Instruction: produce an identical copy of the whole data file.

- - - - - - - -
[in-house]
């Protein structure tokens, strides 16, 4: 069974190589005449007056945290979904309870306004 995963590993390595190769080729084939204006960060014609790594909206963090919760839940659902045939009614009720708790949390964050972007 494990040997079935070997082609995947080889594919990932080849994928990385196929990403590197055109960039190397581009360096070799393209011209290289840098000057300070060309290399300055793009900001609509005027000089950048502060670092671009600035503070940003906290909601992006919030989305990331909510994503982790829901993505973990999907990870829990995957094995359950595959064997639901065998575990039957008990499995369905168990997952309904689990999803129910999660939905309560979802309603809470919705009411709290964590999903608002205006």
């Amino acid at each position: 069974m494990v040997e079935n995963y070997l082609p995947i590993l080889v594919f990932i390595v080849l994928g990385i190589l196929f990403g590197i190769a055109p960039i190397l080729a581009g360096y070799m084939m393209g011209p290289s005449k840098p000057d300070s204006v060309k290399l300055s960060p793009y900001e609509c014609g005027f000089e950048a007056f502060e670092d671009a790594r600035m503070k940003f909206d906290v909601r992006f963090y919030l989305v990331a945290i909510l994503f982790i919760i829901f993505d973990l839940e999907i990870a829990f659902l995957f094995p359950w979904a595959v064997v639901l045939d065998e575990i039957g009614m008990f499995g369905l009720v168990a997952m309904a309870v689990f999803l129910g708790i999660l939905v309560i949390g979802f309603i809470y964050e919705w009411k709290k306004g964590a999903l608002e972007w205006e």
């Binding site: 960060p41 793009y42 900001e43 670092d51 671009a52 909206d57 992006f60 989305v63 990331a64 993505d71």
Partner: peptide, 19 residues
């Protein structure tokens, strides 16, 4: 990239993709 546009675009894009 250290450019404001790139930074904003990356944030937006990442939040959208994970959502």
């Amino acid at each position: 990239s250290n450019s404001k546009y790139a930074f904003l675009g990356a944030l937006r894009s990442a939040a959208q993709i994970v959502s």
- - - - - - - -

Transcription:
[in-house]
């Protein structure tokens, strides 16, 4: 069974190589005449007056945290979904309870306004 995963590993390595190769080729084939204006960060014609790594909206963090919760839940659902045939009614009720708790949390964050972007 494990040997079935070997082609995947080889594919990932080849994928990385196929990403590197055109960039190397581009360096070799393209011209290289840098000057300070060309290399300055793009900001609509005027000089950048502060670092671009600035503070940003906290909601992006919030989305990331909510994503982790829901993505973990999907990870829990995957094995359950595959064997639901065998575990039957008990499995369905168990997952309904689990999803129910999660939905309560979802309603809470919705009411709290964590999903608002205006």
């Amino acid at each position: 069974m494990v040997e079935n995963y070997l082609p995947i590993l080889v594919f990932i390595v080849l994928g990385i190589l196929f990403g590197i190769a055109p960039i190397l080729a581009g360096y070799m084939m393209g011209p290289s005449k840098p000057d300070s204006v060309k290399l300055s960060p793009y900001e609509c014609g005027f000089e950048a007056f502060e670092d671009a790594r600035m503070k940003f909206d906290v909601r992006f963090y919030l989305v990331a945290i909510l994503f982790i919760i829901f993505d973990l839940e999907i990870a829990f659902l995957f094995p359950w979904a595959v064997v639901l045939d065998e575990i039957g009614m008990f499995g369905l009720v168990a997952m309904a309870v689990f999803l129910g708790i999660l939905v309560i949390g979802f309603i809470y964050e919705w009411k709290k306004g964590a999903l608002e972007w205006e």
């Binding site: 960060p41 793009y42 900001e43 670092d51 671009a52 909206d57 992006f60 989305v63 990331a64 993505d71």
Partner: peptide, 19 residues
């Protein structure tokens, strides 16, 4: 990239993709 546009675009894009 250290450019404001790139930074904003990356944030937006990442939040959208994970959502």
């Amino acid at each position: 990239s250290n450019s404001k546009y790139a930074f904003l675009g990356a944030l937006r894009s990442a939040a959208q993709i994970v959502s």